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Foreigners own most of Germany’s DAX

Published This article is more than 2 years old.

Who owns the DAX, Germany’s pre-eminent equity index?

Not many Germans, it turns out. According to fresh research from the Bundesbank, the share of domestic ownership of the index—which comprises the 30 largest public companies in traded in the equities markets—fell from 44.1% in 2005 to 36.3% in 2014. Meanwhile, the foreign ownership share rose from 55.9% to 63.7%.

The share of private household ownership, included under the category of domestic, fell from 14.4% to 12.9% over the same period. Likewise, the share owned by German institutional investors and investment funds also declined over the same period.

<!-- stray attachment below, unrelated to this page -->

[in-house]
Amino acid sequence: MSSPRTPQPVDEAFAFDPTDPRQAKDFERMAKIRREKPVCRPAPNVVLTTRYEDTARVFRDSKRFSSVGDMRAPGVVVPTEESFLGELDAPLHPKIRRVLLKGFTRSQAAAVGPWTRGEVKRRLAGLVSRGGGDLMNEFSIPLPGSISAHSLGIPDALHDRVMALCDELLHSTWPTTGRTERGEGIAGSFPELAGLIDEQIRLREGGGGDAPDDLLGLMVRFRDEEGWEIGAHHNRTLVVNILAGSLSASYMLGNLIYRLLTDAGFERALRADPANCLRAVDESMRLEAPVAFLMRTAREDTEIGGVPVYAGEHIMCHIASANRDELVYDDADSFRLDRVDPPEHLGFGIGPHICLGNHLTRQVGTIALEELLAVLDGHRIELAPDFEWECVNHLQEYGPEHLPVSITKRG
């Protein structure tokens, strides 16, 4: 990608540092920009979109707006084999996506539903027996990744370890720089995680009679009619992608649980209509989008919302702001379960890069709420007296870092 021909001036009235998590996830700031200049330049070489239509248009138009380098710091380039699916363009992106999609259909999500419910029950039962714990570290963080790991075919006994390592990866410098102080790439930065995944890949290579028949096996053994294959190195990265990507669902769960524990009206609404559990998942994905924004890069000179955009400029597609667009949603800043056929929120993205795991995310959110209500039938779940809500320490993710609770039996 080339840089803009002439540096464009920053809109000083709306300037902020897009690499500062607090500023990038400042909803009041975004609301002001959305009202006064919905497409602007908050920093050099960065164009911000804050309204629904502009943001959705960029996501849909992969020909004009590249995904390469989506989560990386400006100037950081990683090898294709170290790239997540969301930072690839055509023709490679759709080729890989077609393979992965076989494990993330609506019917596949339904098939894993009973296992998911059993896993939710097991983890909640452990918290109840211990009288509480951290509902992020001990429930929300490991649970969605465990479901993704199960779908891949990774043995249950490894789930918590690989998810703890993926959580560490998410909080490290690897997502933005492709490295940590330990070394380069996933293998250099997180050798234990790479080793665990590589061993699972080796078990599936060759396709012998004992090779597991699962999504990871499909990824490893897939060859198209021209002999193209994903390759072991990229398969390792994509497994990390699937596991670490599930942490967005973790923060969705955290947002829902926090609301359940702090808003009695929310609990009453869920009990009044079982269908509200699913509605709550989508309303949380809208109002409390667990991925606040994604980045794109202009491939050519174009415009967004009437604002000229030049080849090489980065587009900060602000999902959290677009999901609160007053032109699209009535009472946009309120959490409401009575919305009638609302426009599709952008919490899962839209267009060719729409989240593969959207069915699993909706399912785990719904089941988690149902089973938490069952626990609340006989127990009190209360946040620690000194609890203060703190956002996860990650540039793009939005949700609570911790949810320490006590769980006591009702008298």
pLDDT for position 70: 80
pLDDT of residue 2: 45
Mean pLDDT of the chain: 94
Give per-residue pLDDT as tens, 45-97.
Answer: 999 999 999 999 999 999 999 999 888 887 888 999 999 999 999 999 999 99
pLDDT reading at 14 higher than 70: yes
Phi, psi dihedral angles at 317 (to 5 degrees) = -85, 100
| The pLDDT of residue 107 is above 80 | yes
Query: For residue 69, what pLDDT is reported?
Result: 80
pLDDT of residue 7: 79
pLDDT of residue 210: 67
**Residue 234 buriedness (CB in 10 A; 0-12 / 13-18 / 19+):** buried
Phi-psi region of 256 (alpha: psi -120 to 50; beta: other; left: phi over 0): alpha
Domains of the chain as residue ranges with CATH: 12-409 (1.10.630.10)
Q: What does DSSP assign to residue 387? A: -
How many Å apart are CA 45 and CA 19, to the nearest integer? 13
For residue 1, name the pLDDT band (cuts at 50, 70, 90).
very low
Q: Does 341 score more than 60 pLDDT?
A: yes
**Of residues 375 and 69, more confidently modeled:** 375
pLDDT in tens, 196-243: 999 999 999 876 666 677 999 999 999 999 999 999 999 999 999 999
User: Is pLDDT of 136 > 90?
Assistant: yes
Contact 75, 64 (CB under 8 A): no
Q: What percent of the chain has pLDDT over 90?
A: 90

Interestingly, the Bundesbank notes while German households are apparently uninterested in the large, global companies that make up the DAX, they do have some appetite for equities. “Domestic households have a particular preference for the shares of smaller enterprises, which the Bundesbank economists believe might be partly explained by households’ bias towards local firms with which they are familiar, and for which they are even prepared to accept potentially inferior returns,” analysts from the bank wrote.

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